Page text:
7. Moving on from the cage

Once your kitten has stopped running away from you, starting to come to you for food or petting instead, you can now move them from the cage or crate to a small, kitten-proofed room. If you’re looking after other kittens from the litter, they can also be reunited now.

8. Introduce them to other people and cats

Let your kitten meet other people. Encourage visitors to use low voices and approach them slowly, however. It may also help to leave a TV or radio on during the day to allow the kittens to get used to the sound of human voices. As long as your kitty is healthy, you can begin to introduce it to other socialised cats.

9. Discouraging night time activities

If you find that your kittens are awake at night, try offering more play and socialisation sessions during their day. It may also help to cover their cage with a blanket at night.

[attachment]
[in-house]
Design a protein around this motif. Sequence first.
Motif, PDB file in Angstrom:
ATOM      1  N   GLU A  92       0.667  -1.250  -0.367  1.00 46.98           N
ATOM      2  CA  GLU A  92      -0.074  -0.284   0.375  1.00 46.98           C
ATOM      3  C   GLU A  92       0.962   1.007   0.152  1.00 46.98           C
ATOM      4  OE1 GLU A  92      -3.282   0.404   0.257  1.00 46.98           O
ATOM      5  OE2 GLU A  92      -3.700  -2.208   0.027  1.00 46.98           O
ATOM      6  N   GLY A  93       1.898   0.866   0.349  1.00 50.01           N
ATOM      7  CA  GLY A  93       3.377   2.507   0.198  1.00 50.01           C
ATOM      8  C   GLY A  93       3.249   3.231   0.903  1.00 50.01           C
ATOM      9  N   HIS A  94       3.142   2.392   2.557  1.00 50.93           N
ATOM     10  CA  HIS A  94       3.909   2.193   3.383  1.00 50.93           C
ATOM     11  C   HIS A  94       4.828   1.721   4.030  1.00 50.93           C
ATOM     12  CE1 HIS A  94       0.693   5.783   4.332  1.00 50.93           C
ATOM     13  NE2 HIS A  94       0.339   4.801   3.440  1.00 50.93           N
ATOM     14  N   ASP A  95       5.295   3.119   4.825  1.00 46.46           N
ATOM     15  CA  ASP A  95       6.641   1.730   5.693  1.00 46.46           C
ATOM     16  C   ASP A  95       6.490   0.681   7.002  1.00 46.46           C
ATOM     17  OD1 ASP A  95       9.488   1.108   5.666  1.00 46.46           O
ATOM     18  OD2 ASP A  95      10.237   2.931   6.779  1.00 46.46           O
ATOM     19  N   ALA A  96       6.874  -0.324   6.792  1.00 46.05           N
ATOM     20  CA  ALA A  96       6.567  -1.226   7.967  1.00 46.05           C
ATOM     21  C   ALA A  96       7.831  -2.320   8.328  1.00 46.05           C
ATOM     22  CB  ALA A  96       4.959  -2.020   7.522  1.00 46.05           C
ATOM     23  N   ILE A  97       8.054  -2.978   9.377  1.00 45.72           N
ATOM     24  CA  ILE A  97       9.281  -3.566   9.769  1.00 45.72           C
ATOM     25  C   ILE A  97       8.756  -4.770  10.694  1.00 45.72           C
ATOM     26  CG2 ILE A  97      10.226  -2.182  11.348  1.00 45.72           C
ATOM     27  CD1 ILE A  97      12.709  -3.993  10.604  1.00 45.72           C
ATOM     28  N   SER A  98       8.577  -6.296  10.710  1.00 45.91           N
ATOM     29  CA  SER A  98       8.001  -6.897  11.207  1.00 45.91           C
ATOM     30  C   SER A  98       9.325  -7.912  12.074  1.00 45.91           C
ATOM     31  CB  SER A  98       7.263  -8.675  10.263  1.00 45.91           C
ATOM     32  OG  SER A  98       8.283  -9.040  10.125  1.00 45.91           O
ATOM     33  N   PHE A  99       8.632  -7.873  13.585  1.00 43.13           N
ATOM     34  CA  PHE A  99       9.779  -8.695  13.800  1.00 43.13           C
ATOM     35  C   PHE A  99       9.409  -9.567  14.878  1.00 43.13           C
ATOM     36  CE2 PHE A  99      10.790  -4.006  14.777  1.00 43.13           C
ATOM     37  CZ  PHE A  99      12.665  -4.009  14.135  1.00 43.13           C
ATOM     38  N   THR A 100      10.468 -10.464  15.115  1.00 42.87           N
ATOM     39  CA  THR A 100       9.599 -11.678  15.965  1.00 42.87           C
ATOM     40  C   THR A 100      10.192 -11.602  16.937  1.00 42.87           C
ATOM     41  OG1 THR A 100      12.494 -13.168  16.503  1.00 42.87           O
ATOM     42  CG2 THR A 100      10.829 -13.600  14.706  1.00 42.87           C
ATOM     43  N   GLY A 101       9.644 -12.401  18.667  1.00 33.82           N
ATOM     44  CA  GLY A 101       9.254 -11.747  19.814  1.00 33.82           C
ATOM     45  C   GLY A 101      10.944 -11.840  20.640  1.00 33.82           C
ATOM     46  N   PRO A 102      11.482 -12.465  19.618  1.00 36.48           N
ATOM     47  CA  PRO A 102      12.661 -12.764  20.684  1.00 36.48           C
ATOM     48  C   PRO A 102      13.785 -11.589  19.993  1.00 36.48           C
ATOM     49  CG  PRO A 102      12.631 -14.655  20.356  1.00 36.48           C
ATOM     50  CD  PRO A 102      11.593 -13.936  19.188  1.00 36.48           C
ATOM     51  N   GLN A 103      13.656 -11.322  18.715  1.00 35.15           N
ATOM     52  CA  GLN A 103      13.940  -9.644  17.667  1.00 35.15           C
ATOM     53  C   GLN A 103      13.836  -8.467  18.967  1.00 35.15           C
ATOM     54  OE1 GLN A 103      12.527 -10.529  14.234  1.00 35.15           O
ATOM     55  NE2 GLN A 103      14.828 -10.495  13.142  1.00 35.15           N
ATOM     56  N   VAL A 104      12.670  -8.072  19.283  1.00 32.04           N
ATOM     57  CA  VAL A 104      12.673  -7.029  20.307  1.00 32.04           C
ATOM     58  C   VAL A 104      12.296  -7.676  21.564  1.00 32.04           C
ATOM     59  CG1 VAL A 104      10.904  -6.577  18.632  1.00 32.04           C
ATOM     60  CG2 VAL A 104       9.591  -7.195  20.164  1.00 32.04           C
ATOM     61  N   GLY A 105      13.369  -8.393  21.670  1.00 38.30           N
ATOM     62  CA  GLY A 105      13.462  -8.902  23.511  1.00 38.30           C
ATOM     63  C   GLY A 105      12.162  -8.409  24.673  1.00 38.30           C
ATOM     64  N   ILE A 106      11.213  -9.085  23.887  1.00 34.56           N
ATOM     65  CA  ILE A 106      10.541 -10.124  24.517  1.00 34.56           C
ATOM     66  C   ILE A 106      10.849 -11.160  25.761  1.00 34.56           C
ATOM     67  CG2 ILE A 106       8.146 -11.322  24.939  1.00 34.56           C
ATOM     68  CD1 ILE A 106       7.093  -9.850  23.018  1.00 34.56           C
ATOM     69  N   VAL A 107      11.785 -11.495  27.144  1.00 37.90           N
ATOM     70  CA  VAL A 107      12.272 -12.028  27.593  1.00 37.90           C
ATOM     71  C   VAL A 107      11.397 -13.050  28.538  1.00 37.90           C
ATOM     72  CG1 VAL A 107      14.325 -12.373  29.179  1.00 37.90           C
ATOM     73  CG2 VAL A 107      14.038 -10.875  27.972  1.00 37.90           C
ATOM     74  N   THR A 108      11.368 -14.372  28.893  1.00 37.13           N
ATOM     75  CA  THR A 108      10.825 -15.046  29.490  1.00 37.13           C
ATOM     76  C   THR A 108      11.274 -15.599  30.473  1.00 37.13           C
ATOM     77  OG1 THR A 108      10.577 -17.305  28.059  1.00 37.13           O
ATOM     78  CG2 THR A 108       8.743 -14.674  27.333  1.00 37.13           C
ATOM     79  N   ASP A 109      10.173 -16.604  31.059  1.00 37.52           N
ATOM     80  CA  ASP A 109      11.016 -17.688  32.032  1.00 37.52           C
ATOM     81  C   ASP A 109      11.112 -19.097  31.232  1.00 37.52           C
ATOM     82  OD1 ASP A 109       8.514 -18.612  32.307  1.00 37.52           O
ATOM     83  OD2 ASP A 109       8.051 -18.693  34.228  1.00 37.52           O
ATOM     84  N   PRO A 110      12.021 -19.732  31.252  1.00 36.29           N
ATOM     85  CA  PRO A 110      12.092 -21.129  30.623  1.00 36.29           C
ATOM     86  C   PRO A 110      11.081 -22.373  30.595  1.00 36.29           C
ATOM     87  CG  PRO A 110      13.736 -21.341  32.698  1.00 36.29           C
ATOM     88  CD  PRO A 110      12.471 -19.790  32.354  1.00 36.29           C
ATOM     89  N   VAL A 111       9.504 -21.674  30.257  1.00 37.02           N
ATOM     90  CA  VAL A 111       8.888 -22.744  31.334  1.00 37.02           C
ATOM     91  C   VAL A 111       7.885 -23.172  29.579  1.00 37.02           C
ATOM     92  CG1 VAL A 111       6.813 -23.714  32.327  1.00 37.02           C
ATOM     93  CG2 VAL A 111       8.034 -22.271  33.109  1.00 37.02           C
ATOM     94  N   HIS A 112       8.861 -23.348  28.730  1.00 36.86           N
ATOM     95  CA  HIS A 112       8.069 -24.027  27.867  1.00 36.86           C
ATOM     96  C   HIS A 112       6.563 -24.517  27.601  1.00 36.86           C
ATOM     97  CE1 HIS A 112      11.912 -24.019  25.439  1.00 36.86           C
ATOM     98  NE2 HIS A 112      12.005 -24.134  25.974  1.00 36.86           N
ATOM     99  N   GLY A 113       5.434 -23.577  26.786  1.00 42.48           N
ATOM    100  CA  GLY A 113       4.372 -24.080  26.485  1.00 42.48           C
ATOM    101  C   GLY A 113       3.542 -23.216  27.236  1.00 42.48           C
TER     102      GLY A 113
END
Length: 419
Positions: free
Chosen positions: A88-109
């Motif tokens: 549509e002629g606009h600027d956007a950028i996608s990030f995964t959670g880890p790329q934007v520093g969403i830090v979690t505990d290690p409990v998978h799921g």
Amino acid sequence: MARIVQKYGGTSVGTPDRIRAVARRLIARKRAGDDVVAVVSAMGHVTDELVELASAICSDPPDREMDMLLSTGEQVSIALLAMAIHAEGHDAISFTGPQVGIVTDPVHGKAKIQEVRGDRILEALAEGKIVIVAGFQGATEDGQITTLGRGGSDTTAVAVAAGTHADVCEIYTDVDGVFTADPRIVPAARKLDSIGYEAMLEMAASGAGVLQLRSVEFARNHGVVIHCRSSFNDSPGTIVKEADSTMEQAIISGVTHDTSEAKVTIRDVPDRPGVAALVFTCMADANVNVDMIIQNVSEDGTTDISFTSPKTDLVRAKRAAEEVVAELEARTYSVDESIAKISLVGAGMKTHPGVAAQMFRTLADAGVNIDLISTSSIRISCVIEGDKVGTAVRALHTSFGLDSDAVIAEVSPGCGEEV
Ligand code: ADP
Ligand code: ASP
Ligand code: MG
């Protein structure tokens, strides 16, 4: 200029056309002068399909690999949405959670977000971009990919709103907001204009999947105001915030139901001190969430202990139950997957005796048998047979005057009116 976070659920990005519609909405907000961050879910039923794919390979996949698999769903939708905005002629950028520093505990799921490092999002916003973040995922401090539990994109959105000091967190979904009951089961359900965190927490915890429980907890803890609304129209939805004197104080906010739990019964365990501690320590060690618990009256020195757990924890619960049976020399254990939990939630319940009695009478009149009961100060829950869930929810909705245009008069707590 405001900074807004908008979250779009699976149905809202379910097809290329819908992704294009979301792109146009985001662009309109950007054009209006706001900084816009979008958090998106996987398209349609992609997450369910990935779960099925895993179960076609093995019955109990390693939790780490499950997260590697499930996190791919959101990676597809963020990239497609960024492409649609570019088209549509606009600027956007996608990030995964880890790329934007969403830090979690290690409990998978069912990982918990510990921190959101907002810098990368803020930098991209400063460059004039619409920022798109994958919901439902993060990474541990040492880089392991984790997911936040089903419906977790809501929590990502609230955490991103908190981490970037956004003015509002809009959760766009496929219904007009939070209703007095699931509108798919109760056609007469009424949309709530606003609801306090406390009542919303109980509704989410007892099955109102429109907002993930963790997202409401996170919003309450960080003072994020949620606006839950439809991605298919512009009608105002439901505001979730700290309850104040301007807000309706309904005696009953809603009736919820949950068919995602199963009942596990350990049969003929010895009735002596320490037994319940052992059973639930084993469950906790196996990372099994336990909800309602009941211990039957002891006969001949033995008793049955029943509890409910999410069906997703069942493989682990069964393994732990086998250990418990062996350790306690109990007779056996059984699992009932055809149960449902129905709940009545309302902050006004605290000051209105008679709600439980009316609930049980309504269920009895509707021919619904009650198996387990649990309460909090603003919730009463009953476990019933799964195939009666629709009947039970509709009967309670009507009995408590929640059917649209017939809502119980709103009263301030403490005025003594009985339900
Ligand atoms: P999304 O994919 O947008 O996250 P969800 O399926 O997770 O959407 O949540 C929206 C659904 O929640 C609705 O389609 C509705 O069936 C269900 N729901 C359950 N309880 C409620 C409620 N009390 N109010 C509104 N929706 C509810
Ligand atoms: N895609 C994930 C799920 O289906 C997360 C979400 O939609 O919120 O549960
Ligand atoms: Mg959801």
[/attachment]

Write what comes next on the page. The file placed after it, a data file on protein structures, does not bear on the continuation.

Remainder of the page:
10. Keep your vet involved

Don’t forget to take your kitten to your local vet for a wellness visit, and to ensure that they get the necessary vaccinations. The vet will also be able to assess the age of your kitten if necessary, and advise you on sterilisation so that your new kitten doesn’t perpetuate the feral cat population.

For more advice on how to socialise feral kittens, watch this video for plenty of helpful suggestions.

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Liz Walden

Liz has a passion for all things cat and dog, and was one of the first in Australia to bring Pet Insurance to the market. She has headed up Petsecure marketing for the past 10 years, and is committed to promoting and supporting the amazing work done by rescue groups around Australia, and those who work to promote a better life for all animals
2017-10-01T12:41:00+00:00 By |0 Comments